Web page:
Until recently, $300 million was the highest valuation that digital media companies aspired to. That’s around the price AOL paid for the Huffington Post. Subtract $100 million, and you’re in the ballpark of what NBC Universal paid for Daily Candy and what Turner paid for Bleacher Report.
The latest class of digital media companies is changing that perception. Vox Media, Vice and BuzzFeed, along with fast-growing up-and-comers like Business Insider, Mic, Bustle, Refinery29, and others, carry ambitions that far outstrip the first wave of digital media exits. More importantly, they’ve got the venture capital to support those ambitions.
To wit: Vox Media announced Wednesday a $200 million round of funding from NBC Universal. Vox had previously raised $100 million in funding, including from the venture arm of NBC Universal’s parent company, Comcast
. Other Vox investors include Accel Partners, Allen & Company, General Atlantic, Khosla Ventures and Ted Leonsis, the former AOL executive. Its most recent round was a $46.5 million raise last fall at a reported valuation of $380 million.
The latest round values Washington, D.C.-based Vox Media at $850 million, according to the Wall Street Journal. Including the venture funding, Vox Media now is officially a startup “unicorn” worth more than $1 billion.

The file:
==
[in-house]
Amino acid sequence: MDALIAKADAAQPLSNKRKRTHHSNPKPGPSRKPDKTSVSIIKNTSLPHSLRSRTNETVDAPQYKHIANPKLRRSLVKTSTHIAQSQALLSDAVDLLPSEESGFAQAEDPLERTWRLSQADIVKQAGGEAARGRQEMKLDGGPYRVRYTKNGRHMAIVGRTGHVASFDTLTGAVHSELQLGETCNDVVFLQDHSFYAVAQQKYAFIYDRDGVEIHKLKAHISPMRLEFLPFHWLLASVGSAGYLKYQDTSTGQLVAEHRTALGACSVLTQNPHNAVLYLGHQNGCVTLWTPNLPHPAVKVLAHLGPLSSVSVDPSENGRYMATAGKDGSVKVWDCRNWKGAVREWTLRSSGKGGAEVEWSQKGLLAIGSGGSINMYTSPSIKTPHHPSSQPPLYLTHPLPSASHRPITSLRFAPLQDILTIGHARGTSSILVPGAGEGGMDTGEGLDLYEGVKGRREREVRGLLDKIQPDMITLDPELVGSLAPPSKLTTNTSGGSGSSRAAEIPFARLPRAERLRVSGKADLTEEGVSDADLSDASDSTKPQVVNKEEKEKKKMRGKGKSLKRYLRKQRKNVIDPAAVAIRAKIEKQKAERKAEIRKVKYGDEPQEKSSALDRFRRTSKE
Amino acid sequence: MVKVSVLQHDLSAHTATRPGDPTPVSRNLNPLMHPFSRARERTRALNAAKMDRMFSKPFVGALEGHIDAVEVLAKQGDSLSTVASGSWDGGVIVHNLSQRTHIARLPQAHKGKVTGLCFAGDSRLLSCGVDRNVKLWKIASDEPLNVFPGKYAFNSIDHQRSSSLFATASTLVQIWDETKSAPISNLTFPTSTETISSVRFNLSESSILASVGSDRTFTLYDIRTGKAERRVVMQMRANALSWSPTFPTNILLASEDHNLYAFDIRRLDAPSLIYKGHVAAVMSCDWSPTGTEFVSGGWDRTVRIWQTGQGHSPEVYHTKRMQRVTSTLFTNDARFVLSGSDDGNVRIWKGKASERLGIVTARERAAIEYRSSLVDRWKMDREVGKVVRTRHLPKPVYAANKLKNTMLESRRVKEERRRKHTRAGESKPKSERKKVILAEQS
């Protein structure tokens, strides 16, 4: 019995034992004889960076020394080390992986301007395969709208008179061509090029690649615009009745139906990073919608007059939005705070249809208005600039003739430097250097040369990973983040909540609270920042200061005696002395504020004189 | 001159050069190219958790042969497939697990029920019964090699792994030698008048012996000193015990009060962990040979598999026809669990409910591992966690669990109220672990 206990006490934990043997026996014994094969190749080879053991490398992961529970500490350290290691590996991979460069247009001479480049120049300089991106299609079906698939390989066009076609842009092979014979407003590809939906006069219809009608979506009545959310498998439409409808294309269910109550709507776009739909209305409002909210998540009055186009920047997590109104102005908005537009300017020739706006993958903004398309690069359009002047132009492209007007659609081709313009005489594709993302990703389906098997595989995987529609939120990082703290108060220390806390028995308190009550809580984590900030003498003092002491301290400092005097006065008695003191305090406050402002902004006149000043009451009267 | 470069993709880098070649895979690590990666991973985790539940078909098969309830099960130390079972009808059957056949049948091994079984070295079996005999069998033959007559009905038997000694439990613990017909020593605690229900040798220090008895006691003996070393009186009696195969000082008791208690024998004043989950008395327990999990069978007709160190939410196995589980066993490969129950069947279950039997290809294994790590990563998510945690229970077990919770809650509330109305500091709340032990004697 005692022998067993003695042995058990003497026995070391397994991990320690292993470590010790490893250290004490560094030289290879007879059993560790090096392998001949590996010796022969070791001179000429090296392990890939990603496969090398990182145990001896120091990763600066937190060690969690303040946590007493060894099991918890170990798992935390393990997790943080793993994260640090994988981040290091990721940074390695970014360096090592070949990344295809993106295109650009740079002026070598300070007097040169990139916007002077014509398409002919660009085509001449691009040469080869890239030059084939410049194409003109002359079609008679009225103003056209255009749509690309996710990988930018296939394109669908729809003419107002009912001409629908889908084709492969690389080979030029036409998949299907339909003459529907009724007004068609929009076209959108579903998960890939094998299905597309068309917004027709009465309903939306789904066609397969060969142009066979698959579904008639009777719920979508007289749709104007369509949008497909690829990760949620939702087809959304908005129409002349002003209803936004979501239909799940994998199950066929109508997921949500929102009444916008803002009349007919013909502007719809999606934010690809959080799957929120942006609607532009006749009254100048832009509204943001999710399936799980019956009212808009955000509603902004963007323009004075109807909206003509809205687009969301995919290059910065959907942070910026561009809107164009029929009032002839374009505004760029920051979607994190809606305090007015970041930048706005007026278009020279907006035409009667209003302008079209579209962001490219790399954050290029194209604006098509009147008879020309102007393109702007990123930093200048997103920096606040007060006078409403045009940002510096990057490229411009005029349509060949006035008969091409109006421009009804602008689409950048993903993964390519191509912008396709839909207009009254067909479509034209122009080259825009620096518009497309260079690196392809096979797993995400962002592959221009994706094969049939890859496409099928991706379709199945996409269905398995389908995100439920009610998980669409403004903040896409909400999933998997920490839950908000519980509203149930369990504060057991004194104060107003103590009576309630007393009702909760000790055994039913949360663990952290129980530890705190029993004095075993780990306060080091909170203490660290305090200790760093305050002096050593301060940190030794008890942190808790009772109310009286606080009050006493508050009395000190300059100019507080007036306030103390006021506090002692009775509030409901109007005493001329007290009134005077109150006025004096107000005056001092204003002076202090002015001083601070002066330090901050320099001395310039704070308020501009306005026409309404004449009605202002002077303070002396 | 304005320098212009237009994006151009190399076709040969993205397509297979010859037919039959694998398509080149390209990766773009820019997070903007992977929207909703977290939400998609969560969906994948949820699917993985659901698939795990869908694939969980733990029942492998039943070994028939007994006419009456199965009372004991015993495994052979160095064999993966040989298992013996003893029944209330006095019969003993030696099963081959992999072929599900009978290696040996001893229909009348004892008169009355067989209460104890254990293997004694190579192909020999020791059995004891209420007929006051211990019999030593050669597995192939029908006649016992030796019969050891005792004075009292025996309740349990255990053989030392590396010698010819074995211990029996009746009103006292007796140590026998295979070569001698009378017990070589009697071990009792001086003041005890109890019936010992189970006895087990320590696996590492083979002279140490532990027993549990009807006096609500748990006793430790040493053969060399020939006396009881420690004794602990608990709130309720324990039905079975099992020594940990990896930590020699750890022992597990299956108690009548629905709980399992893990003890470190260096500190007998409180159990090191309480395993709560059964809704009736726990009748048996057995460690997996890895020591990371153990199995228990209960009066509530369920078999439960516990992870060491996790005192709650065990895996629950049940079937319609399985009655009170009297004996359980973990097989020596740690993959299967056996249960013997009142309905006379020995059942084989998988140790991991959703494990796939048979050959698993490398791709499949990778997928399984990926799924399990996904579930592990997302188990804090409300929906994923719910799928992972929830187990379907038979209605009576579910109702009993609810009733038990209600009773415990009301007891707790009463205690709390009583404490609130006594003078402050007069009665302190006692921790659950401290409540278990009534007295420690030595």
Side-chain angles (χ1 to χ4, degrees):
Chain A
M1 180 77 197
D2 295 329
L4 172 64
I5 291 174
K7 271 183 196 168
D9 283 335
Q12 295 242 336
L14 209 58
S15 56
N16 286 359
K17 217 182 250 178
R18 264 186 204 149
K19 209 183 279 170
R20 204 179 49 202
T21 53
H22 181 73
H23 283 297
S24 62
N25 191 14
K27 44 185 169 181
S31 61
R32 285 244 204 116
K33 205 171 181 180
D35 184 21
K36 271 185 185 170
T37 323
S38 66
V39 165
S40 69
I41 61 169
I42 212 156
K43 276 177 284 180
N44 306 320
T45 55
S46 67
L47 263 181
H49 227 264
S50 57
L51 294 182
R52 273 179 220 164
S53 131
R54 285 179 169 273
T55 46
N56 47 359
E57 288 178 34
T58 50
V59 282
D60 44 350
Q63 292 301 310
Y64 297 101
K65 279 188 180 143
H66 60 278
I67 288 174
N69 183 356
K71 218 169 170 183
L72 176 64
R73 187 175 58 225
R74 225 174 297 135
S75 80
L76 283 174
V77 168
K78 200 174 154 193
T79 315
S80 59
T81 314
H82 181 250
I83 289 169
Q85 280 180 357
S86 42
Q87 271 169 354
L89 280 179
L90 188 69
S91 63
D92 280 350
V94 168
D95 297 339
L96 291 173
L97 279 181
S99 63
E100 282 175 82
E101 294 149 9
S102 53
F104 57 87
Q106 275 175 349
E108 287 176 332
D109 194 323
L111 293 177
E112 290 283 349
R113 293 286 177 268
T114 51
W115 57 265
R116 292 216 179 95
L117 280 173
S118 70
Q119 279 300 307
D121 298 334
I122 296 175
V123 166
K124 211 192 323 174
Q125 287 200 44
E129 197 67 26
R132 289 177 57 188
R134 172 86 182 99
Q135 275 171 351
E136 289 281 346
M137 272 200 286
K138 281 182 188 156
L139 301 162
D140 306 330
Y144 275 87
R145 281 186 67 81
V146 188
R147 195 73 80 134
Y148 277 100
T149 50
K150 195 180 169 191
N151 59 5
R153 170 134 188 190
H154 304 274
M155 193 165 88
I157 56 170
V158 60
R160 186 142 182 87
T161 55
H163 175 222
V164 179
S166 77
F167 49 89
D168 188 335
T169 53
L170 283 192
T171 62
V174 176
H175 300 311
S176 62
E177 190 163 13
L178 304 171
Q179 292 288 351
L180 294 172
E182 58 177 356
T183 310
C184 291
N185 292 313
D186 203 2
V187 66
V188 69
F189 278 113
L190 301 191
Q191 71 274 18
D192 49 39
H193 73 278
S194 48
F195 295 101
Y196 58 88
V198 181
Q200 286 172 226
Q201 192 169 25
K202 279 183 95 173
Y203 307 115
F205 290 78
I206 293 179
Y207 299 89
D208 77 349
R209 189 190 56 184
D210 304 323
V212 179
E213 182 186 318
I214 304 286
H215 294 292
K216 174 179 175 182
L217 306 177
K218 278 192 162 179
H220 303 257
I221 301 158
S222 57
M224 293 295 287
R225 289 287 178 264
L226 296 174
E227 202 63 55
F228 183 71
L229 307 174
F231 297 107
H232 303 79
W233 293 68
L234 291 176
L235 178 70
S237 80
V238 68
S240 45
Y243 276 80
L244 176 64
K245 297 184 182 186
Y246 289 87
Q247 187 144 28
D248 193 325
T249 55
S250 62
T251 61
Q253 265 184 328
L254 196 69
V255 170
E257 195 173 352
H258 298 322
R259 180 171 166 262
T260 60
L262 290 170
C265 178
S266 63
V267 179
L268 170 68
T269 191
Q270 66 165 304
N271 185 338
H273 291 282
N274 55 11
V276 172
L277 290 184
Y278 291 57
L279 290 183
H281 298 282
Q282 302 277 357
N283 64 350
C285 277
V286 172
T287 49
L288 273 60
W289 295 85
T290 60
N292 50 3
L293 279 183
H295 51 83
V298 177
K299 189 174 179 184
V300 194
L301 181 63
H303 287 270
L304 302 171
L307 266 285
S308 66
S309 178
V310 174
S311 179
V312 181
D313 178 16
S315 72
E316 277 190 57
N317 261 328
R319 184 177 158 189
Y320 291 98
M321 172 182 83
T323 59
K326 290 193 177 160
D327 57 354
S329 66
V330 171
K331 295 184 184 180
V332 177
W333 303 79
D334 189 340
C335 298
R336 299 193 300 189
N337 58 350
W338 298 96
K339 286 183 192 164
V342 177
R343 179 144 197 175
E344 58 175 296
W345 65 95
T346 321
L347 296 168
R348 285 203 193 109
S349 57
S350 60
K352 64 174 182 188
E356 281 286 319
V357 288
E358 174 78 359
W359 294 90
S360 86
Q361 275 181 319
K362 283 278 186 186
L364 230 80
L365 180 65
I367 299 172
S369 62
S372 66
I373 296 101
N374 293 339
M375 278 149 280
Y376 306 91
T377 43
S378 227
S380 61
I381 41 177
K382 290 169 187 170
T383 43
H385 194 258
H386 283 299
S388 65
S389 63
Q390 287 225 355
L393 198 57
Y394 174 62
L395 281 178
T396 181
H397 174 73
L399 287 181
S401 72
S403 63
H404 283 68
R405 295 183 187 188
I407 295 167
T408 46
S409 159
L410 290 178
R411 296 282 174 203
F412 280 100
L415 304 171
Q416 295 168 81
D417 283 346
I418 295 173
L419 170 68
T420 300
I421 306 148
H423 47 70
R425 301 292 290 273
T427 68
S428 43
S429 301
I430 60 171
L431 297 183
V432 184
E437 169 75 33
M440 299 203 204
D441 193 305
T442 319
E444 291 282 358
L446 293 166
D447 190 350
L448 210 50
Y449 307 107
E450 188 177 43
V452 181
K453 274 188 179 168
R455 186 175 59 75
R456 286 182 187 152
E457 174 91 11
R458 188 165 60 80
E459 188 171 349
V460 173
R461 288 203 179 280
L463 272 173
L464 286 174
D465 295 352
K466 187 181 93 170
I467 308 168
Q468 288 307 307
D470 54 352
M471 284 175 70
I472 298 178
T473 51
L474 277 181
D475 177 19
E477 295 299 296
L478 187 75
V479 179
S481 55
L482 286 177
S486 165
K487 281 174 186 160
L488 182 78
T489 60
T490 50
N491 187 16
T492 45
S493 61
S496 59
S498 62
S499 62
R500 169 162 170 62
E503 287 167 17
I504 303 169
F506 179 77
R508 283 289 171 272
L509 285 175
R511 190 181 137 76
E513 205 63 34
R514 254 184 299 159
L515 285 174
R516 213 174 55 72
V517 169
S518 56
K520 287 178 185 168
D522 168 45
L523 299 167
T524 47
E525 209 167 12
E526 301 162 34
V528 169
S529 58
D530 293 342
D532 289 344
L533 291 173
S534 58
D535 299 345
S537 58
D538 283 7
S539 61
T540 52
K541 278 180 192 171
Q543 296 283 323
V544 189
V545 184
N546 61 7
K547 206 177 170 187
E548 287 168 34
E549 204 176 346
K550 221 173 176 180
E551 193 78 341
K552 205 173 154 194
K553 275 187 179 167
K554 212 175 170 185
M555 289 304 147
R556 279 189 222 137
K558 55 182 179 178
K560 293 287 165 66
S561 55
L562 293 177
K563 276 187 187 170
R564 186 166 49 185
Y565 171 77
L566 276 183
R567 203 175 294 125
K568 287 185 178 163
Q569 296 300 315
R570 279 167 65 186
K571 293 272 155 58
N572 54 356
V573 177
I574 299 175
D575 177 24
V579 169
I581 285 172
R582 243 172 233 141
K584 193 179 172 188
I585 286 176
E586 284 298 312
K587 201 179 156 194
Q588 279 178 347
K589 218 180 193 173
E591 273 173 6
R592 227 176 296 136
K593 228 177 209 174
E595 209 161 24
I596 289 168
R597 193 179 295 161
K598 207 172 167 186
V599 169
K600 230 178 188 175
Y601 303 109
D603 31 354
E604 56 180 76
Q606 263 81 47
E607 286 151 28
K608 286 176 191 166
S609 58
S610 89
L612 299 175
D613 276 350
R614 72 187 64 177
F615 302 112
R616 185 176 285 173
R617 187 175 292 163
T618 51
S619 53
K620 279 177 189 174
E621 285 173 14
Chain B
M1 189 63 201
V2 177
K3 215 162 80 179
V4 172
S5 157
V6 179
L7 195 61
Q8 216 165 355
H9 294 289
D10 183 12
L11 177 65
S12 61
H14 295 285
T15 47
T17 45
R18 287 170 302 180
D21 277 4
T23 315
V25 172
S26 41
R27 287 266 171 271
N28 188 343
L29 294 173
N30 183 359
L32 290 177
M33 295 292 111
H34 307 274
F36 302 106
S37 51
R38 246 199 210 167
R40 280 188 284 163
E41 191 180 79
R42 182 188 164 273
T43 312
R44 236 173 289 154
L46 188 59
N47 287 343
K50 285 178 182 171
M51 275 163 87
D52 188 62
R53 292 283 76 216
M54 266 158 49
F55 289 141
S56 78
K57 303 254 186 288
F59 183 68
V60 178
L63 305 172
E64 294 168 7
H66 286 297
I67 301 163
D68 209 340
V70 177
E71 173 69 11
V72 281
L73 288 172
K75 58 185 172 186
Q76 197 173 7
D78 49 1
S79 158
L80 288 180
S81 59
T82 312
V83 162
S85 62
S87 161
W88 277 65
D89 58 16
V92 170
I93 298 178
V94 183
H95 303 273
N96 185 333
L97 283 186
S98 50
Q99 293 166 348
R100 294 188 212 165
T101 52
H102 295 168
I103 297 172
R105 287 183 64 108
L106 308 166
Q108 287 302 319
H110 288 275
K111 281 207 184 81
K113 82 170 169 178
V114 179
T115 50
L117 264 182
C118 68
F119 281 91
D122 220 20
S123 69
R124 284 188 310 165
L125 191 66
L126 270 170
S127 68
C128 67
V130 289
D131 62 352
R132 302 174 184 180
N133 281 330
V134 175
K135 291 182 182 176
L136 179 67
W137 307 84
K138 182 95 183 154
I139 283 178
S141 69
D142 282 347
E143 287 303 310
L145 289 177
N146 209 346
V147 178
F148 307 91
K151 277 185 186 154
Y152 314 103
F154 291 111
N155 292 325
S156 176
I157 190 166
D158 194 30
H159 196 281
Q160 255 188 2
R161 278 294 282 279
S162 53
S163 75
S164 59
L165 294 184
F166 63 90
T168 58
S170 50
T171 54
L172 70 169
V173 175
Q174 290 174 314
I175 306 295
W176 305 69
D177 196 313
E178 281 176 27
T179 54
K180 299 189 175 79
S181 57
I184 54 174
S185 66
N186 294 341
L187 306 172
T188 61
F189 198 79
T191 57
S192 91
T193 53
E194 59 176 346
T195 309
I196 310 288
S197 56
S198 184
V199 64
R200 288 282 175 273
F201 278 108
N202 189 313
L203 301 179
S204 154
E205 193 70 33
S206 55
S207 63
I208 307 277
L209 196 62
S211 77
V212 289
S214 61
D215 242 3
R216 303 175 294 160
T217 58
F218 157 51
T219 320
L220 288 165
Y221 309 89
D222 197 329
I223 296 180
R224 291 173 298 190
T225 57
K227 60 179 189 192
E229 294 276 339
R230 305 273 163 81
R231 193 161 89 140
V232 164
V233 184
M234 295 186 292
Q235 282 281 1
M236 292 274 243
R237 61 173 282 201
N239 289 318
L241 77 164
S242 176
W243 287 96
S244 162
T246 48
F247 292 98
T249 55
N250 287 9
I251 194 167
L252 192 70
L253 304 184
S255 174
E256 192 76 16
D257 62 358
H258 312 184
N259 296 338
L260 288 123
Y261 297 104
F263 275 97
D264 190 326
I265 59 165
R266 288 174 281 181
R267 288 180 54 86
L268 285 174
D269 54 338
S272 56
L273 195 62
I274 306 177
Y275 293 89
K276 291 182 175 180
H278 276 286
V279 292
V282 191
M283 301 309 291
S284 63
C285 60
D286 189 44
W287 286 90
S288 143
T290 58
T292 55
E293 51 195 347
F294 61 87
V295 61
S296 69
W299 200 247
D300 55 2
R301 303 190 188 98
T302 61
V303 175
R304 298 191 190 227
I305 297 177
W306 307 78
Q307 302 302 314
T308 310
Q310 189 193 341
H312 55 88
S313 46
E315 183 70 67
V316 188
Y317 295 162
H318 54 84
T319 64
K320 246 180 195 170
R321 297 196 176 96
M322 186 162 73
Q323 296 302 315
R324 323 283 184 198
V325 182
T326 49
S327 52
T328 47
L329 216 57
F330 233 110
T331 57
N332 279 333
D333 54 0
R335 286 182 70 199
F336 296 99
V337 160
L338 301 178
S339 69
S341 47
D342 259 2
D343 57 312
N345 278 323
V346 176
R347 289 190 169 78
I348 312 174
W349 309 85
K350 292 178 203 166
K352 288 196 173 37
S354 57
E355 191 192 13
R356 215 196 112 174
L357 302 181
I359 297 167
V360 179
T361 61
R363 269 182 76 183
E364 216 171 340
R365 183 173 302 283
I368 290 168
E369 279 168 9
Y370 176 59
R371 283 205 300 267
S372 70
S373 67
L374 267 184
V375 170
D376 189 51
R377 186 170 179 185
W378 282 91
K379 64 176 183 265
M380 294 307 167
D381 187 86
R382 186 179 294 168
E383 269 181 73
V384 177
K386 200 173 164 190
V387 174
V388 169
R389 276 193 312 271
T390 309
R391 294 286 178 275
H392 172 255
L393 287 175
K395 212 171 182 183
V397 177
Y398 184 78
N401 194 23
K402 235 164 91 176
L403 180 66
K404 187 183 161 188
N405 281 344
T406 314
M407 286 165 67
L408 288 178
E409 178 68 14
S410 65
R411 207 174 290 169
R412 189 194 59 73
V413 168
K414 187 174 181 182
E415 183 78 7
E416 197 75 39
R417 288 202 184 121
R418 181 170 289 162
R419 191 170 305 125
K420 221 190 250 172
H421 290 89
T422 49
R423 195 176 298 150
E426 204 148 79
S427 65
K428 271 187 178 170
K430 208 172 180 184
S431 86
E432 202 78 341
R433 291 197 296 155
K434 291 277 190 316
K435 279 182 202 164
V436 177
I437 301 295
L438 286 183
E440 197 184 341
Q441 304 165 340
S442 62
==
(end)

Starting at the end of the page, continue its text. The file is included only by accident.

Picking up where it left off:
CEO and founder Jim Bankoff noted in a statement that the funding is strategic. NBCU and Vox will collaborate on things like video programming and advertising. The companies will also cross-promote content, share technology, and launch new franchises together.
The deal puts to rest – for now, at least – talk that Vox Media would sell to Comcast and NBCU. (Fortune first reported that the two had held deal discussions, which had fallen apart, in April.)
BuzzFeed will surpass Vox’s valuation, if reports come true. Recode, which is owned by Vox Media, reported that NBCU is also nearing a deal to invest $200 million into BuzzFeed at a $1.5 billion valuation.
These deals follow Vice Media’s $2.5 billion valuation, which it got in a funding round last summer. Even Huffington Post, which comes from the first wave of digital content companies, is reported to carry a price tag of $1 billion.
A driving force behind the ballooning valuations of media startups is the narrative they’re telling about their technology. Vox Media, for example, likes to tout Chorus, its in-house content management system. BuzzFeed plays up its use of data. At these valuations, they are too expensive for many of the legacy media companies to acquire. So their only viable avenue to cash out their investors is an IPO.
BuzzFeed has turned down acquisition offers, including a handshake agreement with Disney in 2014. Last December, the company sold $50 million in secondary stock to General Atlantic, which has also backed Vox Media. That deal included a 10-for-1 stock split, sources told Fortune, a move that startups typically make in preparation for an IPO.